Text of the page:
The Lakshadweep Islands are coral islands, sprinkled over 8,000 acres of ocean off India’s west coast. Agatti Island sits in the center of the group. Unfortunately, its reefs have been badly damaged by major bleaching events. Careless boating (including dropping anchors), diving, fishing, and snorkeling can also damage the coral. Waste leaks from poorly maintained septic tanks or is released directly into lagoons, damaging the reefs. Trash, especially plastic, directly injuries animals such as green and hawksbill sea turtles.
Agatti has a population of about 10,000, most of whom make a living by farming or fishing. The fishers catch valuable skipjack tuna with an ecofriendly pole-and-line method, which avoids bycatch. The community has informally created a 500-acre Locally Managed Marine Area, where fishing and other activities are restricted. Our nonprofit partner REEF (the Research and Environmental Education Foundation) and the community are asking the government to give it permanent legal protection.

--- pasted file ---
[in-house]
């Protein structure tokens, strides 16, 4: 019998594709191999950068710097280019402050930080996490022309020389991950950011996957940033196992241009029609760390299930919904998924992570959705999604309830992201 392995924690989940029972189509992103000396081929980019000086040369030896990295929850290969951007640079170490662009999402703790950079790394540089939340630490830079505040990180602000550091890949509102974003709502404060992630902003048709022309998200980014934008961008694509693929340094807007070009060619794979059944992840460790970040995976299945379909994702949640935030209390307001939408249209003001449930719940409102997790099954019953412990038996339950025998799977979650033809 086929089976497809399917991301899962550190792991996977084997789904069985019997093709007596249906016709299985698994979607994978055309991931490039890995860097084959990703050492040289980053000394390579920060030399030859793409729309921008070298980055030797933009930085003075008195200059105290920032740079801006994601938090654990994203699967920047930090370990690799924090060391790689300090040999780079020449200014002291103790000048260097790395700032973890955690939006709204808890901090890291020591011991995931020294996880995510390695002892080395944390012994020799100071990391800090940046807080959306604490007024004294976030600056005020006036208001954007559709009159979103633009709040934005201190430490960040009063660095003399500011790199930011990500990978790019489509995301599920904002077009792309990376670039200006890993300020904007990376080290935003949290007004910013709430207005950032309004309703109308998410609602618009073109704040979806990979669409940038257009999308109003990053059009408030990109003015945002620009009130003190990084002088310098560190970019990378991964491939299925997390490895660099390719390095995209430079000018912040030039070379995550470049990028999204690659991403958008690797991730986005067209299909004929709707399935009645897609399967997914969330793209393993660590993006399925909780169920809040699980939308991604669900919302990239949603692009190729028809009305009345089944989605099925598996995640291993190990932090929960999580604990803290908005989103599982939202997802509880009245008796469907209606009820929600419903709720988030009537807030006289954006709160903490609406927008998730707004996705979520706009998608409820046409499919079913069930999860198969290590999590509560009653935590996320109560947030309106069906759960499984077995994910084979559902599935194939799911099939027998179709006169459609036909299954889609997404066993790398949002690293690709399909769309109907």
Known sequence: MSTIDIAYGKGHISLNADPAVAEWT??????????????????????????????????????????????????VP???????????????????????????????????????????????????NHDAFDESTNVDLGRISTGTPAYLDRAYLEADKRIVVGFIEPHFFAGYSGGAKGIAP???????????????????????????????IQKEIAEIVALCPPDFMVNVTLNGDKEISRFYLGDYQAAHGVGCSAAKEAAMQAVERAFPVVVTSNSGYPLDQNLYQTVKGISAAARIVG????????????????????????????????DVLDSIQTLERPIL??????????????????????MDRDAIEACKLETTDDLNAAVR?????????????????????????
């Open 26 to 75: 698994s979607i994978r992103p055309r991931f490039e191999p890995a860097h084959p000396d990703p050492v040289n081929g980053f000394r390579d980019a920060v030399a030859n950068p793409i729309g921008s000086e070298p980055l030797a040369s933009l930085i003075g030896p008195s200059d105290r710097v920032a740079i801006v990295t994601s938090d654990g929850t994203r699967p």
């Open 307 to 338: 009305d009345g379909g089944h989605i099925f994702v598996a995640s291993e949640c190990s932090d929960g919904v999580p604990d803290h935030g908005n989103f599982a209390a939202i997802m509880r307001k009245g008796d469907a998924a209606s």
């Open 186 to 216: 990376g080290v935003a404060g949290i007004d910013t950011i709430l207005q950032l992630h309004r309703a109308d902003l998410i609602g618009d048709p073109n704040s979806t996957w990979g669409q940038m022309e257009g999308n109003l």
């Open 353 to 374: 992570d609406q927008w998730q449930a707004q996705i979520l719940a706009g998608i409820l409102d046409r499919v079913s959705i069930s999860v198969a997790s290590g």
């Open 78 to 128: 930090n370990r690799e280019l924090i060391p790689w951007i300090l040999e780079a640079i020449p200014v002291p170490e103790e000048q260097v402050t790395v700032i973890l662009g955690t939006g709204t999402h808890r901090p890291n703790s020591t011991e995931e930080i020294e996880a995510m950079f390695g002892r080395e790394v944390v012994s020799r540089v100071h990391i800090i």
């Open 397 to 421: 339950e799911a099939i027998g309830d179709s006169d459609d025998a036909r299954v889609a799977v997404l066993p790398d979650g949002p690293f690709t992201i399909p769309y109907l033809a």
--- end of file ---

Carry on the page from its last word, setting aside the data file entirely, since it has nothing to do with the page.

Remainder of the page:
REEF thinks a public education campaign is key to long-term support of conservation on the island. With Seacology support, they are launching a yearlong program, called “Our Reef, Our Life,” directed at students, teachers, and the public. It will use media, competitions, projects, and field trips to stress the crucial nature of the reef and the responsibility to protect it. Volunteers, including fishermen, will help with outreach. Regular beach clean-ups will help drive home the need to address waste problems before they do more damage to the reefs.
The centerpiece of the effort will be an environmental education center. It will be both a tangible, everyday reminder of environmental protection and a venue for conducting environmental education and outreach to local people and tourists. The building will also be used by youth clubs, women’s groups, and others, becoming a valuable resource for the community.